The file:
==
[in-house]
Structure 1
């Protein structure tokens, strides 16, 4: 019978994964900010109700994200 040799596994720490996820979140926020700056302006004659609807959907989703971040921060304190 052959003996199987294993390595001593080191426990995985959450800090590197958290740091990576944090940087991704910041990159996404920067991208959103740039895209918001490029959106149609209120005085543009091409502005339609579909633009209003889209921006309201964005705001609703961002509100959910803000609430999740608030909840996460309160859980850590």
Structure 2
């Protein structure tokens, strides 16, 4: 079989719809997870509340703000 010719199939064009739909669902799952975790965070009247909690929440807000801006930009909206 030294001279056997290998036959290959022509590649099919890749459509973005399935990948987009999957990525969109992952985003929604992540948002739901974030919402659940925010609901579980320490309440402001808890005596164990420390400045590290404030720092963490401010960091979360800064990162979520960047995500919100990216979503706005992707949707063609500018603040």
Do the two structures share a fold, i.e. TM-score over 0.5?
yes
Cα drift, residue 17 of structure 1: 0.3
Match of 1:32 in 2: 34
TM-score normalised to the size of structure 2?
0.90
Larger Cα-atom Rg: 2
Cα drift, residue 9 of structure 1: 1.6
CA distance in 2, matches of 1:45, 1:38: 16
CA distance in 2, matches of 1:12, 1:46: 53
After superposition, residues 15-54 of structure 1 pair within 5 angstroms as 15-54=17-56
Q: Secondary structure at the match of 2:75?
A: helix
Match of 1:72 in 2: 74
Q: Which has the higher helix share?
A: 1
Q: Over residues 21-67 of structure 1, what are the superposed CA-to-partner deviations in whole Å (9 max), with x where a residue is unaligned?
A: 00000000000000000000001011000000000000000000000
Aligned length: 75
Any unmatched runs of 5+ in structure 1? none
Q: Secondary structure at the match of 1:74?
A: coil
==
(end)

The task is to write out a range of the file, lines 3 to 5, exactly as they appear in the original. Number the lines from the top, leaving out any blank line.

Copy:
């Protein structure tokens, strides 16, 4: 019978994964900010109700994200 040799596994720490996820979140926020700056302006004659609807959907989703971040921060304190 052959003996199987294993390595001593080191426990995985959450800090590197958290740091990576944090940087991704910041990159996404920067991208959103740039895209918001490029959106149609209120005085543009091409502005339609579909633009209003889209921006309201964005705001609703961002509100959910803000609430999740608030909840996460309160859980850590």
Structure 2
């Protein structure tokens, strides 16, 4: 079989719809997870509340703000 010719199939064009739909669902799952975790965070009247909690929440807000801006930009909206 030294001279056997290998036959290959022509590649099919890749459509973005399935990948987009999957990525969109992952985003929604992540948002739901974030919402659940925010609901579980320490309440402001808890005596164990420390400045590290404030720092963490401010960091979360800064990162979520960047995500919100990216979503706005992707949707063609500018603040």